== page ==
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Population health is not too different from preparing for a hike. Let’s do some research.
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Dispatches from Las Vegas: Preparing for Population Health Improvement

By IHI Open School | Thursday, January 29, 2015
Eva2
For the next four weeks, Eva Luo, an Open School student and an MD/MBA candidate at the University of Michigan Medical School and Harvard Business School, is doing a rotation at Iora Health in Las Vegas to learn about their model of primary care. While there, she’s also going to be working on a population health project through the Open School’s new initiative, the Improvement Change Agent Network, or I-CAN. Below is her second dispatch for our blog (read the first here). Look for more of her posts on our blog, and contact us at openschool@ihi.org if you want to write your own post.

While there are plenty of entertainment options in Las Vegas, it’s also a fantastic launch point to some of the best national parks in the US! Since this is my first time in the southwest United States, I plan to take advantage of these places. After doing some research on the various trails and challenges I may face, preparing for a fun hike isn’t too difficult. In my backpack, I need to pack sneakers, plenty of water, sunscreen, and a light snack. With these resources, I can prevent twisting my ankle, becoming dehydrated, getting a sunburn, and getting low blood sugar.

Population health is not too different from preparing for a hike. Let’s do some research. A snapshot of Clark County, where Las Vegas is located, shows the following:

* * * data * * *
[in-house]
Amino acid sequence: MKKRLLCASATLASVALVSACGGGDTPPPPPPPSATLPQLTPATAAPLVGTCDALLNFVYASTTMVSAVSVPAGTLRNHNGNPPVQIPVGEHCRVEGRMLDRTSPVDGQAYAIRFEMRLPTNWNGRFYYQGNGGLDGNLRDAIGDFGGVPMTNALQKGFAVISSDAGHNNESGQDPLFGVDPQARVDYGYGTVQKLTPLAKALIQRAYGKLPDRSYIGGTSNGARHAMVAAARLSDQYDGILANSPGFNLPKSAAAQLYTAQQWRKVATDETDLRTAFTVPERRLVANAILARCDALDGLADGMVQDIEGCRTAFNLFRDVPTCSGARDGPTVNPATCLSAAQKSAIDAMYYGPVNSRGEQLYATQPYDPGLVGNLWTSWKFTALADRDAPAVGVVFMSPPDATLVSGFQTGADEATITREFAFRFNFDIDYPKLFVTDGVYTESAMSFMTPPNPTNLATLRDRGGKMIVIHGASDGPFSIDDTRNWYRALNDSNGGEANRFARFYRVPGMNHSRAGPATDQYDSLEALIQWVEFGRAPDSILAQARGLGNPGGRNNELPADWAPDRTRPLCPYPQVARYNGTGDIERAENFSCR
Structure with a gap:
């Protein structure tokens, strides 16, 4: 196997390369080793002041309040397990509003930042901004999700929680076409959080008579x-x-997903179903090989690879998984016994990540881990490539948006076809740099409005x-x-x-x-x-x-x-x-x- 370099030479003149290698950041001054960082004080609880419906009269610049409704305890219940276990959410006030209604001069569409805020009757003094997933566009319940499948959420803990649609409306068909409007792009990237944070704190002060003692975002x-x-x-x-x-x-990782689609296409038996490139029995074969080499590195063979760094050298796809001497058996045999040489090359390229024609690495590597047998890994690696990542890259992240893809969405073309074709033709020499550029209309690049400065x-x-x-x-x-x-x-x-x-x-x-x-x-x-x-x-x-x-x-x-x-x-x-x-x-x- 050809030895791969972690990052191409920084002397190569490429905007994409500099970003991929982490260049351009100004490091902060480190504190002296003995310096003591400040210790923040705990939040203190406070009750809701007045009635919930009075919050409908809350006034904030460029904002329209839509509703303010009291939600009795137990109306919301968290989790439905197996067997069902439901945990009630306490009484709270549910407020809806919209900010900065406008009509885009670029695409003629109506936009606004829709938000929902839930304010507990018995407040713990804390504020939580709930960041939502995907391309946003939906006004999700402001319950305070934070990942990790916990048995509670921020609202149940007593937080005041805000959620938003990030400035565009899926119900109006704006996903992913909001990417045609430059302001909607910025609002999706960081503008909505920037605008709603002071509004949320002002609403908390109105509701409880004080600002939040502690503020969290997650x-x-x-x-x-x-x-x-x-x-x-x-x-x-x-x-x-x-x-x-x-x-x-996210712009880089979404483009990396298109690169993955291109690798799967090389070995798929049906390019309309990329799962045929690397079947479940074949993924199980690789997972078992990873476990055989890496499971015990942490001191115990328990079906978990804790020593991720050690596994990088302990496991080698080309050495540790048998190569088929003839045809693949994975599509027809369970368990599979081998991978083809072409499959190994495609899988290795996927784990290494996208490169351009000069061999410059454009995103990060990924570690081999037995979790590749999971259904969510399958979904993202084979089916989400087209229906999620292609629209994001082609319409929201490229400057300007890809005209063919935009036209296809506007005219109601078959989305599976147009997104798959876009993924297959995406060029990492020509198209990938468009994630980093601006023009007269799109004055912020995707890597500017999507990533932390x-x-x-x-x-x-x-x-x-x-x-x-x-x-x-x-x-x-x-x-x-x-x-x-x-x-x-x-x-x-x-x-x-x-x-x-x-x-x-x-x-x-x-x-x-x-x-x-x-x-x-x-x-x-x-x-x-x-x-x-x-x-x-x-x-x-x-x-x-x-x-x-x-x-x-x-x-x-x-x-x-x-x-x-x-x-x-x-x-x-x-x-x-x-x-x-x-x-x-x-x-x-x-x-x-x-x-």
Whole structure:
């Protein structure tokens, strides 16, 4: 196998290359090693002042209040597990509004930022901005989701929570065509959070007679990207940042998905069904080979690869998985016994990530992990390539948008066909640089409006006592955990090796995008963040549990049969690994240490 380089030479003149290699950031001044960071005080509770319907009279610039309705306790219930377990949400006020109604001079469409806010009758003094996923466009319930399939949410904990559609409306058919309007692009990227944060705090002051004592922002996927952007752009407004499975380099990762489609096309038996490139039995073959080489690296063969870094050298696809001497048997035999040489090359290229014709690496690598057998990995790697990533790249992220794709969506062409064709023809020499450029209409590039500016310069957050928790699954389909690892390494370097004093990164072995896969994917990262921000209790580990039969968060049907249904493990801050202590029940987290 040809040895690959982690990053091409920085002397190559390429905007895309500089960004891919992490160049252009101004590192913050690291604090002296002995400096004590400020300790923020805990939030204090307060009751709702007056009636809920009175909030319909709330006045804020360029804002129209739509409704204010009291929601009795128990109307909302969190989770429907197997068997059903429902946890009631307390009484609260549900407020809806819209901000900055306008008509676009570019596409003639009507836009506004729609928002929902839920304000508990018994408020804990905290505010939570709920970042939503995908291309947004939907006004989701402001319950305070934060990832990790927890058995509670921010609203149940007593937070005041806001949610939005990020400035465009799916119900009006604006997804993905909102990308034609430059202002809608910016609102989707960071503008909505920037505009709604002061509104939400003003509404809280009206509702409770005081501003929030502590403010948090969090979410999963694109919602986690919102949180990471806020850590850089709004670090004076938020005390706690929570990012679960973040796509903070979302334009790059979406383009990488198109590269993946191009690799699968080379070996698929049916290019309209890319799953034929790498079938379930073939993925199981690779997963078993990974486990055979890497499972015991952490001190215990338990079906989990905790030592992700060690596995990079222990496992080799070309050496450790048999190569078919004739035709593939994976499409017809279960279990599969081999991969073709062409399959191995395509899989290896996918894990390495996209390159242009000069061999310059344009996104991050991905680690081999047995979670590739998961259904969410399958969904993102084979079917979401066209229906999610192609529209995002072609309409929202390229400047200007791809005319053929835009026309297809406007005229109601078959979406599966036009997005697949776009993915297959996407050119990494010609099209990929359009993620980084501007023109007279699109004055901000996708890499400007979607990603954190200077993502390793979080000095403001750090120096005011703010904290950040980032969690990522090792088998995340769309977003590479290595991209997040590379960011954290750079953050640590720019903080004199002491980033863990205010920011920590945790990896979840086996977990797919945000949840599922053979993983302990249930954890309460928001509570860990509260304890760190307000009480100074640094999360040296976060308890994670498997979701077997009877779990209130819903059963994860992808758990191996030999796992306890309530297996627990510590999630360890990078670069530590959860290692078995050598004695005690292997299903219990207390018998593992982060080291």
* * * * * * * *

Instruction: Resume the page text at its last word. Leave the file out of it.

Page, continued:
Clark County

Top US Performers

% Reporting Poor or Fair Health

18%

10%

% Adults who smoke >= 100 cigarettes a year

21%

14%

% Adults who report BMI >=30

25%

25%

% Adults report binge drinking

17%

10%

Chlamydia rate per 100,000

423

123

Hospitalization rate for ambulatory-care sensitive conditions per 1,000 Medicare enrollees

58

46

% Diabetic Medicare enrollees that receive HbA1c monitoring

77%

90%

% adults > 20 with diabetes

9%

N/A

Price adjusted Medicare spending per enrollee

$10,712

N/A

% Adults who could not see a doctor in the past 12 months because of cost

16%

N/A

 

One of the first exercises of the I-CAN course is “Five Whys.” The exercise helps to uncover the root causes to any particular observation. The Iora Health team clearly conducted a root cause analysis in the creation of their primary care model to better treat the patients in Las Vegas.

The clinicians and health coach team care for roughly 1,000 patients at Culinary Extra Clinic and see between 40-60 patients a day. Culinary Extra Clinic treats some of the most challenging patients who require management of several chronic diseases including diabetes, congestive heart failure, asthma, hypertension, and chronic kidney disease. Without a primary care delivery system like Iora Health, these patients were bouncing in and out of emergency rooms and hospitals with no overall improvement of their health. The Iora Health primary care model at Culinary Extra Clinic has already achieved some incredible population health outcomes. My I-CAN project this month will focus on fine-tuning Culinary Extra Clinic’s management of diabetes. The goal is to achieve well-controlled blood sugar levels, as defined by an HbA1c test of less than 8 percent, for at least 70 percent of its patients.

What would you pack into your health care “backpack” to care for the population in Las Vegas? What kind of clinical and infrastructural support systems do your patients need? Here are a few broad areas where an intervention can impact diabetes management:

Clinical Support

Infrastructural Support

  • Frequency of clinic visits
  • Frequency and types of lab tests
  • Frequency and type of communication with health coaches
  • Adherence to medication regimen and appropriate adjustment of medications
  • Training of health coach staff for more intensive care model

  • Access to healthy foods
  • Culturally sensitive diabetic diet
  • Diabetes and wellness education
  • Regular exercise
  • Flexibility of diet and medication regimen for busy job schedule
  • Engagement of family and community

 

What else would you add to your “backpack” to treat the patients at Culinary Extra Clinic? How would you prepare for the hike?

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